Financing -- Sure, it's great if you have money to invest in a custom blog theme, advertising, or to hire other bloggers to help out in the beginning, but it's certainly not necessary. In fact, my highest-earning blogs were all started without spending a dime over the domain name and hosting (and since several are hosted together, that saved on the startup costs after the first). You can afford $10 or so per year. If you can't, you probably need to re-think your entire freelance career before you start planning new residual income streams.
Blogging is a fantastic residual income stream (don't mistake "residual" for "passive" -- in most cases you'll continue to work as your blog, and its income, grows). I won't go so far as to say it's the best residual income stream for freelance writers (informational products like e-books are fantastic for earning more in shorter periods of time for example), but they are one of the more consistent options once you build some stable traffic. And stability is a good thing. You don't always get a lot of it when you work as a freelance writer.
Most websites say you should build up an email audience and give them early access and ask them to write reviews. I had no such audience. So when I launched, I emailed tons of my college friends, high school friends, and made posts on Facebook and LinkedIn announcing the book was out there. Some people posted reviews, which helped initially. I also gave out free copies to people if they expressed interest in being reviewers, but many of them never wrote a review :(
Shane and Jocelyn Sams, who were teachers before. Shane listened to my podcast, and he was like, check out this guy Pat, and his wife was like, No, that sounds kind of scammy to me. But then they decided to give creating digital products a try, so Jocelyn created a website called Elementary Librarian where she was selling packages and worksheets to librarians to help them and that site is doing really well. And Shane is a football coach, so he created coachxo.com to sell defensive plays to coaches. Both of those are doing well over six figures a month now, and they’re doing it through pdf files, worksheets and tools that their audience can use to help them in a more convenient way.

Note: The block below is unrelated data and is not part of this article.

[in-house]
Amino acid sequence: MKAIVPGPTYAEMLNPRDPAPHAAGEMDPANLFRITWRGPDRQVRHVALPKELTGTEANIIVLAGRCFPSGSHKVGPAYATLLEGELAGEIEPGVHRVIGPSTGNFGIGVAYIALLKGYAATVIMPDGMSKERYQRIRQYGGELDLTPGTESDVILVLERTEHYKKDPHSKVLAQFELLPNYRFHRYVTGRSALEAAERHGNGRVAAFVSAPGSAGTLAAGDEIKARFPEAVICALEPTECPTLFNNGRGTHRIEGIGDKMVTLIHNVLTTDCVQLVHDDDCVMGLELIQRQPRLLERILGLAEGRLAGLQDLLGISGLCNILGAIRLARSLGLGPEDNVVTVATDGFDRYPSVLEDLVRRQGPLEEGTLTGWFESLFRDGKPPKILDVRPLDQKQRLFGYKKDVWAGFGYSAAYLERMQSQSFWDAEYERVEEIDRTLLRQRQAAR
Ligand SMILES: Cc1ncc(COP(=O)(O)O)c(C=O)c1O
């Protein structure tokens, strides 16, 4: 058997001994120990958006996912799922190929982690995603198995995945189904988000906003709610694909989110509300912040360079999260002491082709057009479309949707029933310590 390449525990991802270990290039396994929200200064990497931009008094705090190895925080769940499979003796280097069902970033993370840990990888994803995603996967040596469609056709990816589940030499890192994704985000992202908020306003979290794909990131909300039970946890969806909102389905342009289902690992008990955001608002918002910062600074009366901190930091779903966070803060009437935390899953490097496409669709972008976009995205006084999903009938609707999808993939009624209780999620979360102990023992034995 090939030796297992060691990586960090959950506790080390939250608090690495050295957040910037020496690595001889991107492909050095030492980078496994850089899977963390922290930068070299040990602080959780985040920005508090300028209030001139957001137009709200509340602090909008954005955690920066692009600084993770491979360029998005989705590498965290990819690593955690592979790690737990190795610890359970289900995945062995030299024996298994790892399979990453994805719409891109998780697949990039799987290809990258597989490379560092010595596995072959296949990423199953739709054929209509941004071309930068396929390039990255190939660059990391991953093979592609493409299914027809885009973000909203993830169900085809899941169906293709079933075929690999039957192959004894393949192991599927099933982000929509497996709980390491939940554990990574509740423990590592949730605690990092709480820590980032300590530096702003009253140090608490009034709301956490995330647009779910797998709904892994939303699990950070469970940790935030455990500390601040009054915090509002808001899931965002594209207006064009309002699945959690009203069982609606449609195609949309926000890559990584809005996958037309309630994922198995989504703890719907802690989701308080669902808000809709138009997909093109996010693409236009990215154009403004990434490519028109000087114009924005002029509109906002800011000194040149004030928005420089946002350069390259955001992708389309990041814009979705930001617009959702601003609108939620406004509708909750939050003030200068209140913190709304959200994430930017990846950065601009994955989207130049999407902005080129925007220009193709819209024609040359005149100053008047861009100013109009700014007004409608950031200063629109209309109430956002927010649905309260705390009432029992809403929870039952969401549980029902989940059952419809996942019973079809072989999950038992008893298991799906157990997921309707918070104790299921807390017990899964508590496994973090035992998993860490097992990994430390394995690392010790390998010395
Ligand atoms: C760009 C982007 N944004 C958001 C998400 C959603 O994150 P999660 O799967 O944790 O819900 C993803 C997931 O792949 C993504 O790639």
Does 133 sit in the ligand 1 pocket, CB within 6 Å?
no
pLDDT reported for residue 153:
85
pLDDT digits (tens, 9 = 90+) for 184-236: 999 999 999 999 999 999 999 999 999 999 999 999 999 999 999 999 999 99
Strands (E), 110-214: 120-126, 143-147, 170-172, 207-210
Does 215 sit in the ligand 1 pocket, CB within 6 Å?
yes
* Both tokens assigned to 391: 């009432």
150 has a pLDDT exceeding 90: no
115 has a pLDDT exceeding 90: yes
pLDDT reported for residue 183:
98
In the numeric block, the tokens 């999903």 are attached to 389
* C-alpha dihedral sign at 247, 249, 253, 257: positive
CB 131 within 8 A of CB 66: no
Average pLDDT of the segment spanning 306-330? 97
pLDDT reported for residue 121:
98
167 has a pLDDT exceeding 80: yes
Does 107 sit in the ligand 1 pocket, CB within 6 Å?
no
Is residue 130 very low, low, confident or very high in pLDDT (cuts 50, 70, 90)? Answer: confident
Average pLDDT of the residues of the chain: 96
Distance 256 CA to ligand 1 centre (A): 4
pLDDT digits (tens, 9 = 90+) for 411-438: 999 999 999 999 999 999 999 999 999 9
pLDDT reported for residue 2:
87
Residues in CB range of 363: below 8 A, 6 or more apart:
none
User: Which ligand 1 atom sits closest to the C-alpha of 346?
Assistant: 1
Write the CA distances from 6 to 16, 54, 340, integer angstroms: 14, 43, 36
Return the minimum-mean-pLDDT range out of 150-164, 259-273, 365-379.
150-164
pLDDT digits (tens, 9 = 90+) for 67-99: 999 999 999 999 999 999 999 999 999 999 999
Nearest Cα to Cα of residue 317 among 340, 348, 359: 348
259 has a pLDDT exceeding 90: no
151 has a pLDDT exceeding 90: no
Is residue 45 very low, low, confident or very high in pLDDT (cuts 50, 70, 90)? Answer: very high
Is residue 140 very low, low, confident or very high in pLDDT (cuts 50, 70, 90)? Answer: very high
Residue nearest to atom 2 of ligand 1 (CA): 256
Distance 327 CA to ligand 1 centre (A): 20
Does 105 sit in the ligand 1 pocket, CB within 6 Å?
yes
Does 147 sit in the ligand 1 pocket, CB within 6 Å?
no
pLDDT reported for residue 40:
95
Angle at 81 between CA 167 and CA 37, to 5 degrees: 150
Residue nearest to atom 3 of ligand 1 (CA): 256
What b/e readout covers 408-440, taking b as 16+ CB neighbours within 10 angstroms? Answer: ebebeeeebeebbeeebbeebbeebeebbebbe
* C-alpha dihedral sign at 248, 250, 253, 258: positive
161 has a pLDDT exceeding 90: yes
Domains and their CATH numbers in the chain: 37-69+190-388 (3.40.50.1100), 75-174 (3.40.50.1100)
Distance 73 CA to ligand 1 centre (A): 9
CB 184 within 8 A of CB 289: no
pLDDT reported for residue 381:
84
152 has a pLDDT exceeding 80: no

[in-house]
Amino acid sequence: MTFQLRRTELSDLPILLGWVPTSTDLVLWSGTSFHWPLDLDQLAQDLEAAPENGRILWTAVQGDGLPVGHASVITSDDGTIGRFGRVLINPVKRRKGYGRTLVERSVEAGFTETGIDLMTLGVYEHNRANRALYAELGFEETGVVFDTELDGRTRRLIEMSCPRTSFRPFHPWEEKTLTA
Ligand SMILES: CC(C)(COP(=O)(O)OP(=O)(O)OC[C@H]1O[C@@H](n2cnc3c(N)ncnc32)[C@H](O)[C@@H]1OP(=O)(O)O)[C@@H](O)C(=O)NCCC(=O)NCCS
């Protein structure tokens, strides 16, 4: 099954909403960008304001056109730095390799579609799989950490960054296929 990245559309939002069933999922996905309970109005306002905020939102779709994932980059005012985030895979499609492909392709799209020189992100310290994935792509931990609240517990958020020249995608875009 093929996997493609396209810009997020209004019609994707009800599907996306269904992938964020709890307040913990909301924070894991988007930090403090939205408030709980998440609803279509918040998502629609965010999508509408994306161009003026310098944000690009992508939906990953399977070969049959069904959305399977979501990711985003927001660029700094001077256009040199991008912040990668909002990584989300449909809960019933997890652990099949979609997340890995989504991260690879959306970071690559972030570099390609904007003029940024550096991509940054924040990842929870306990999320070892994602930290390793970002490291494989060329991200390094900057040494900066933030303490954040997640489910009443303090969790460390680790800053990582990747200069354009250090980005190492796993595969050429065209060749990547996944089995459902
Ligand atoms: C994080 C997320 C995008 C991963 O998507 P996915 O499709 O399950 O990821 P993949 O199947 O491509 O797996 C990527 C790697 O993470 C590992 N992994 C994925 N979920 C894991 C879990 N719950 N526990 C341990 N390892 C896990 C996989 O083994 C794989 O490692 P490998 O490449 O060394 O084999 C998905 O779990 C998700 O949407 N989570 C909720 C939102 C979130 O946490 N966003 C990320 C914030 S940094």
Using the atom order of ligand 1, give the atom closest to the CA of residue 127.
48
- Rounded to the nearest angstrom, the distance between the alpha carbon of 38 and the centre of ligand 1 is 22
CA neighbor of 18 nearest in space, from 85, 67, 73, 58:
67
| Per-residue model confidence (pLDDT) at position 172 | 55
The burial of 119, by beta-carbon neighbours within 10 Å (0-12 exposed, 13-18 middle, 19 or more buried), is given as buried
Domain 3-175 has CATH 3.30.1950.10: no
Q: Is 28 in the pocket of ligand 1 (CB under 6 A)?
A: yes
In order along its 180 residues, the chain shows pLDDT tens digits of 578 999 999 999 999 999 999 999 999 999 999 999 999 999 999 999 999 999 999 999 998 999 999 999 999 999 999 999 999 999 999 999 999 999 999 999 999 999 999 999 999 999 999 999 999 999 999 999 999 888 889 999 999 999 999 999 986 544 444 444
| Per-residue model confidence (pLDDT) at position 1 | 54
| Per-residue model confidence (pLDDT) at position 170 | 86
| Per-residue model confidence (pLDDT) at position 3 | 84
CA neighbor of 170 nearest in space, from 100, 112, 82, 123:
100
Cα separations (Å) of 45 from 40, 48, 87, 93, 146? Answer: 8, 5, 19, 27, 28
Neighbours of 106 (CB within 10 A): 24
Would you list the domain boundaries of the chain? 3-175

About Blog My name is Michael W Smith, I created this page because I realized that people are in a game that is rigged against them. It is a game where the house always wins. I help people by to showing them how to beat the game we refer to as the "rat race". Not by cheating or scamming but by rewriting the rules and setting up a new game. Join me as I teach people how to earn massive passive income online.

3. You’ve got to be available to your readership once you’ve created it; there’s truly no such thing as the completely “passive” income that Jon says most people are hoping for. My wife and I each do 20-25 hours per week of “free” technical support to our clients; it’s included in the information packages they purchase from us (which are the best in the biz because we spent 9 years developing and refining them). Nobody else in the biz does what we do BECAUSE IT’S TOO MUCH WORK!
Tied into this point, I like how Scott discourages big dreaming from the point of view that when you try to solve too big a problem, you’ll normally fail since you don’t have the resources to tackle it – eg don’t reinvent say ecommerce platforms with complex software, instead create an online video-driven course on how to build online stores using WordPress (as an example!).